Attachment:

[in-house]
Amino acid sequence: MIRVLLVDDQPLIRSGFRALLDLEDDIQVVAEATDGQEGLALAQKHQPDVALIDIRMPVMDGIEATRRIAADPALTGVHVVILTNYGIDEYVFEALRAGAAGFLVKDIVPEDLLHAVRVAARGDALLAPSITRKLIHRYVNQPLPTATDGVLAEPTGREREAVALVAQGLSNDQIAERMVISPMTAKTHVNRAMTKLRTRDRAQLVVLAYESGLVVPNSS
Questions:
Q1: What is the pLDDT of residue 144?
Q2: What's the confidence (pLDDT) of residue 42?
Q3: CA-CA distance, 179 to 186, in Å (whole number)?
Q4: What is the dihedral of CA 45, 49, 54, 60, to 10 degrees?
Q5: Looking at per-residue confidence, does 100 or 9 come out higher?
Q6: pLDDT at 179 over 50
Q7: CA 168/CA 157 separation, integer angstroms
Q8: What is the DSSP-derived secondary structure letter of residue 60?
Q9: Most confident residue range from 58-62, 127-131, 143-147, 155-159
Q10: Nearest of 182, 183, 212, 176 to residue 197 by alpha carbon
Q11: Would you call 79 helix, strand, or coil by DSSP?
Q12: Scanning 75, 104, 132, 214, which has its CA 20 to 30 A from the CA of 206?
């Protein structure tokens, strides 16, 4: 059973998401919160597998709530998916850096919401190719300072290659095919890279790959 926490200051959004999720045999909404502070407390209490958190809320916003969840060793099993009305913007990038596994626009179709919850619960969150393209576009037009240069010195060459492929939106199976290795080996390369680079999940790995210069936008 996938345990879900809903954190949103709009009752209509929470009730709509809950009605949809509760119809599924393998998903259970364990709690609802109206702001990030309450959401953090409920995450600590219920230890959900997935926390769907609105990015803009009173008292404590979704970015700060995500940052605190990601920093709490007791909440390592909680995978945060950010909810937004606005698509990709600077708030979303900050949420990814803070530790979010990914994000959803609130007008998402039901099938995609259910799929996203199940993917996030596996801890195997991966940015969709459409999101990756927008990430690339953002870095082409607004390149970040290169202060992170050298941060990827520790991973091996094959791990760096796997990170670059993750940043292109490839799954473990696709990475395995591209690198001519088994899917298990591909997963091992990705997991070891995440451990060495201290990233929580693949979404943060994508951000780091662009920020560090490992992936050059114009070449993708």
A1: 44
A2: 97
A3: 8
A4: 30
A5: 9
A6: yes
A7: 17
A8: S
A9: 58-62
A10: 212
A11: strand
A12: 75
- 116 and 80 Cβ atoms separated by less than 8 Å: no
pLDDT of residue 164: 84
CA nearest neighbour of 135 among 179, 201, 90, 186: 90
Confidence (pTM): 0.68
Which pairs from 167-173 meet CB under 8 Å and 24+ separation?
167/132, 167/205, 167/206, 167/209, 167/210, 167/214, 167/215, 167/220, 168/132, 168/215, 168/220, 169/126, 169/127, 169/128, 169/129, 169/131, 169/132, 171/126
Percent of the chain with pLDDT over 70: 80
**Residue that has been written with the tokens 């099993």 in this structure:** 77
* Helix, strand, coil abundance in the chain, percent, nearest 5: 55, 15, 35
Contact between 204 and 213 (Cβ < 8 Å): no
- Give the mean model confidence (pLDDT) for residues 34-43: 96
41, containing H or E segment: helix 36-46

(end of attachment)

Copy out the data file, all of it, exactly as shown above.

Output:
[in-house]
Amino acid sequence: MIRVLLVDDQPLIRSGFRALLDLEDDIQVVAEATDGQEGLALAQKHQPDVALIDIRMPVMDGIEATRRIAADPALTGVHVVILTNYGIDEYVFEALRAGAAGFLVKDIVPEDLLHAVRVAARGDALLAPSITRKLIHRYVNQPLPTATDGVLAEPTGREREAVALVAQGLSNDQIAERMVISPMTAKTHVNRAMTKLRTRDRAQLVVLAYESGLVVPNSS
Questions:
Q1: What is the pLDDT of residue 144?
Q2: What's the confidence (pLDDT) of residue 42?
Q3: CA-CA distance, 179 to 186, in Å (whole number)?
Q4: What is the dihedral of CA 45, 49, 54, 60, to 10 degrees?
Q5: Looking at per-residue confidence, does 100 or 9 come out higher?
Q6: pLDDT at 179 over 50
Q7: CA 168/CA 157 separation, integer angstroms
Q8: What is the DSSP-derived secondary structure letter of residue 60?
Q9: Most confident residue range from 58-62, 127-131, 143-147, 155-159
Q10: Nearest of 182, 183, 212, 176 to residue 197 by alpha carbon
Q11: Would you call 79 helix, strand, or coil by DSSP?
Q12: Scanning 75, 104, 132, 214, which has its CA 20 to 30 A from the CA of 206?
């Protein structure tokens, strides 16, 4: 059973998401919160597998709530998916850096919401190719300072290659095919890279790959 926490200051959004999720045999909404502070407390209490958190809320916003969840060793099993009305913007990038596994626009179709919850619960969150393209576009037009240069010195060459492929939106199976290795080996390369680079999940790995210069936008 996938345990879900809903954190949103709009009752209509929470009730709509809950009605949809509760119809599924393998998903259970364990709690609802109206702001990030309450959401953090409920995450600590219920230890959900997935926390769907609105990015803009009173008292404590979704970015700060995500940052605190990601920093709490007791909440390592909680995978945060950010909810937004606005698509990709600077708030979303900050949420990814803070530790979010990914994000959803609130007008998402039901099938995609259910799929996203199940993917996030596996801890195997991966940015969709459409999101990756927008990430690339953002870095082409607004390149970040290169202060992170050298941060990827520790991973091996094959791990760096796997990170670059993750940043292109490839799954473990696709990475395995591209690198001519088994899917298990591909997963091992990705997991070891995440451990060495201290990233929580693949979404943060994508951000780091662009920020560090490992992936050059114009070449993708």
A1: 44
A2: 97
A3: 8
A4: 30
A5: 9
A6: yes
A7: 17
A8: S
A9: 58-62
A10: 212
A11: strand
A12: 75
- 116 and 80 Cβ atoms separated by less than 8 Å: no
pLDDT of residue 164: 84
CA nearest neighbour of 135 among 179, 201, 90, 186: 90
Confidence (pTM): 0.68
Which pairs from 167-173 meet CB under 8 Å and 24+ separation?
167/132, 167/205, 167/206, 167/209, 167/210, 167/214, 167/215, 167/220, 168/132, 168/215, 168/220, 169/126, 169/127, 169/128, 169/129, 169/131, 169/132, 171/126
Percent of the chain with pLDDT over 70: 80
**Residue that has been written with the tokens 């099993």 in this structure:** 77
* Helix, strand, coil abundance in the chain, percent, nearest 5: 55, 15, 35
Contact between 204 and 213 (Cβ < 8 Å): no
- Give the mean model confidence (pLDDT) for residues 34-43: 96
41, containing H or E segment: helix 36-46